One clear, crisp night a soft snow began to fall, gently covering the land. All was still until Ivan and Maria heard a familiar voice at their door, “Mother! Father! Open the door! The snow has brought me back once more!” Ivan threw open the door and Snegurochka ran into their arms and happiness once again reigned in their home throughout the winter months.

All too soon the snows began to melt away, the robins appeared, the crocuses began to awaken from their winter sleep, and their child of snow returned to the north once more. But this time Ivan and Maria did not cry for they knew she would return when winter came again.

And so it was that the snow maiden brought warmth, joy and love to Ivan and Maria during the long, cold, Russian winters for many, many, years.

Ñíåãóðî÷êà (Snowmaiden) is pronounced as “snee-GOO-rahch-ka”; translit:


Many thanks to Karen Chace for this uplifting story.

To learn more about Karen Chace, visit her Website:

I wish you and yours a great holiday season!

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The Farmer’s Daughter Made a Gift Worth a Fortune

The Farmer’s Fun-Loving Daughter
A Folktale from the British Isles
Original version by Taffy Thomas, adapted by Karen Chace

There once was a farmer who lived in an enormous house with 131 rooms. He had two sons and a daughter. The sons were intelligent, hard-working chaps, and the daughter, although she was smart as well and helped with the chores on the farm, she was more inclined to slip away to meet her friends and was known as the farmer’s fun-loving daughter.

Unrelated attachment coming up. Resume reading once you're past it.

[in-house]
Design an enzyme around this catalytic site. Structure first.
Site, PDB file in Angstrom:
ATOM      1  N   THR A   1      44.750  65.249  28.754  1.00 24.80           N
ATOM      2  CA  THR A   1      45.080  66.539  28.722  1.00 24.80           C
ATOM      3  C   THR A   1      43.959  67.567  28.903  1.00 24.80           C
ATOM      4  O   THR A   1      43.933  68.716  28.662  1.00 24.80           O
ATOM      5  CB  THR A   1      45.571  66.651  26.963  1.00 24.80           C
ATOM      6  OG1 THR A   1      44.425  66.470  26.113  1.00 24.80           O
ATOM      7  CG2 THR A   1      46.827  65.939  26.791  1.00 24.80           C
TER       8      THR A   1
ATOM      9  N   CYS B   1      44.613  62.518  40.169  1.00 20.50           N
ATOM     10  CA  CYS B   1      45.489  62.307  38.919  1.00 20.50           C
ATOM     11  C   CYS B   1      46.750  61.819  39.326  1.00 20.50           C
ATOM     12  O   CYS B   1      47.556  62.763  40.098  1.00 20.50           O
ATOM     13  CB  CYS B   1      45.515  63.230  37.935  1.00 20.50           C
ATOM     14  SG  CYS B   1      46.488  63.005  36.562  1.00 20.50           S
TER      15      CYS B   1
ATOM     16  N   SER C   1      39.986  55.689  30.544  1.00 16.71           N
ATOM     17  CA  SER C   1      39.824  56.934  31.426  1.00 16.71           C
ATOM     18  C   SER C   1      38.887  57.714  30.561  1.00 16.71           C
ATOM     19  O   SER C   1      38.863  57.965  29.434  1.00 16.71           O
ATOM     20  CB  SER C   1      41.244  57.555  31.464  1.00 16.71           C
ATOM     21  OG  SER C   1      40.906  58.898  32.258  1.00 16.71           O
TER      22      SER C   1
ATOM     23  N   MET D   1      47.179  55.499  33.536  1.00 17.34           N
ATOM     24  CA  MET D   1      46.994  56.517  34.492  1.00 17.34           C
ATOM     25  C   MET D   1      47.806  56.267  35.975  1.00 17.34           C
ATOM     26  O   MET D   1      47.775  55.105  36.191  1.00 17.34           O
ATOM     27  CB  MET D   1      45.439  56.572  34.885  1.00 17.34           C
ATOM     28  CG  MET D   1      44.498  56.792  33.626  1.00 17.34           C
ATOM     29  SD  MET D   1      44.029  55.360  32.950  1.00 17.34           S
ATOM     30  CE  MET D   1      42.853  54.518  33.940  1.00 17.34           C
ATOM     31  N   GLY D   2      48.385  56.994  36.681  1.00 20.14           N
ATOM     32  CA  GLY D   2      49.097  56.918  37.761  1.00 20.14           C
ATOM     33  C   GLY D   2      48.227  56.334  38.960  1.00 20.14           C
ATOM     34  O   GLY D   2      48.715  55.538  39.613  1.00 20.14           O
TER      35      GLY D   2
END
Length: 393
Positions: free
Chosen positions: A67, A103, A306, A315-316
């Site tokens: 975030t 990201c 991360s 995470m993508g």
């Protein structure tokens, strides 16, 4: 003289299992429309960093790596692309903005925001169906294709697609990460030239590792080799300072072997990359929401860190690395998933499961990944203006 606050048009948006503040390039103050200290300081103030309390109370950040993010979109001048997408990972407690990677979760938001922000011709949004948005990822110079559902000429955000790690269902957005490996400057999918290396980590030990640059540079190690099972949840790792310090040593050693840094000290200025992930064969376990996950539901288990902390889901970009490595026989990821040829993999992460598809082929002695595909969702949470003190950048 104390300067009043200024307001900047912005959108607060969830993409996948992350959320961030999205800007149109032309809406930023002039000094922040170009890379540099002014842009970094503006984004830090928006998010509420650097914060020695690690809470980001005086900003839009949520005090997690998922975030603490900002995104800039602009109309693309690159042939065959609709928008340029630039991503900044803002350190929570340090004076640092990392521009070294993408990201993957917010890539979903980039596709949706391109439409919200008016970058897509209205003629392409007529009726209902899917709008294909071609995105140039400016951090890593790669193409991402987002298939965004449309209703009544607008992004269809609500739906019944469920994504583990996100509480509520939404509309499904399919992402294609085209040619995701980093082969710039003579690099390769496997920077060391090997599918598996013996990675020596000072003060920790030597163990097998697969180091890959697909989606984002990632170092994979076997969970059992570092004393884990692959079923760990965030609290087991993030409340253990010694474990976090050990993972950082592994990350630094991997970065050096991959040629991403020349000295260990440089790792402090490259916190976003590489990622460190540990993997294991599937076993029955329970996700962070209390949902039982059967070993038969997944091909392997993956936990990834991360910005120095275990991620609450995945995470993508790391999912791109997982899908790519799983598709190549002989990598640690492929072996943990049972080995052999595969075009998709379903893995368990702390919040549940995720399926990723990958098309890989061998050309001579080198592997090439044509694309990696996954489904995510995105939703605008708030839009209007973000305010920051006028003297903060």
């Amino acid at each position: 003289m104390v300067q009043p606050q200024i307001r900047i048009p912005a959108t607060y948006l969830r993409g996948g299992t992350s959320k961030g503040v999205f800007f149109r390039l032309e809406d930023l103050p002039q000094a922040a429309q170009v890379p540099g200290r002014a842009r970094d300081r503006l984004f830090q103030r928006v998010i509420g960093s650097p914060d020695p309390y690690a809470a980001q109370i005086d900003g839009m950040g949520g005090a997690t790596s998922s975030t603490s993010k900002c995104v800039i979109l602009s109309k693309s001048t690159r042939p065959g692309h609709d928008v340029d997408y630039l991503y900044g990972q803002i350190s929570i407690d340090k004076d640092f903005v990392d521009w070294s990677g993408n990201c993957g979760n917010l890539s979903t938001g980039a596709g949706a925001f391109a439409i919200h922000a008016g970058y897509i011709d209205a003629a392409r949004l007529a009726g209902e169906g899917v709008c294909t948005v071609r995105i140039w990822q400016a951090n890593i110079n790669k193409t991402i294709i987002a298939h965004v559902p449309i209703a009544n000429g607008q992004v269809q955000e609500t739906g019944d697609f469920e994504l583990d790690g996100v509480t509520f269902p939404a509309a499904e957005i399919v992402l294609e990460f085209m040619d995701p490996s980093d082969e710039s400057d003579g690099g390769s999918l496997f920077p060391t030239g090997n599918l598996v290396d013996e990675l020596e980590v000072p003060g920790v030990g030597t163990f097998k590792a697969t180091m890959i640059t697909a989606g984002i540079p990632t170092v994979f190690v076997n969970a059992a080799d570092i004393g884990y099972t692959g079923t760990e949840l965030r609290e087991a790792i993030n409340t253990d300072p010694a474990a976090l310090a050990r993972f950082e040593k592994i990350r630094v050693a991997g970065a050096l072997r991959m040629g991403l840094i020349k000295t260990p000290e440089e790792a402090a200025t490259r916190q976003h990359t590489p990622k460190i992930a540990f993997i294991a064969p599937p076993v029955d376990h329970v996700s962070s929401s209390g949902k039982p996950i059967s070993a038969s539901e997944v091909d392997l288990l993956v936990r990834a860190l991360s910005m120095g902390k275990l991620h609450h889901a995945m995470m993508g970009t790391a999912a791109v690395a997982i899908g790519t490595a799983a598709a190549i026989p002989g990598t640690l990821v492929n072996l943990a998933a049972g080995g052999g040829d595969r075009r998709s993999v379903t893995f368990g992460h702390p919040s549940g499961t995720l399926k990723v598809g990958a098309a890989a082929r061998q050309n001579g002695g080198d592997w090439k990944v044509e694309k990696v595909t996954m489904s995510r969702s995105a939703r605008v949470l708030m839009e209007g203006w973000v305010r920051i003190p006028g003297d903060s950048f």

Now the farmer was in the autumn of his years, and he knew he needed to make plans; he loved all three of his children equally but had to decide who would inherit the land and farm. He thought for many days and nights and finally, he knew what to do. He called for his lawyer and asked him to add a special, secret section to his will and when all was done, he sent the lawyer away.

Far too soon the day came when the farmer passed peacefully away. People came from miles around to pay tribute to the kind, old farmer for he was well-loved. After the service in the churchyard the family and friends went back to the farm to have something to eat and share stories of their dear friend. Everyone stayed long after they should have gone, for they were curious and wanted to know which of the children would inherit the farm.

When the lawyer gathered the three children together for the reading of the will a hush fell over group. He began, “Upon my passing each of my children will receive one gold coin. With this coin each one must buy something to fill every room in the house from floor to ceiling. The one who succeeds will inherit the house and the farm.”

The lawyer was barely finished when the eldest son jumped up out of his chair, ran to the barn, tackled up his horse and wagon and set off. He drove all through the countryside buying every secondhand mattress he could find. When he arrived home, everyone stepped outside to watch as he carried each one into the house. Then he took out his knife, slit each mattress open and began filling every room from floor to ceiling with…feathers. When he was done, he turned to the lawyer and said, “I’ve done it! I have filled each room from floor to ceiling with feathers.”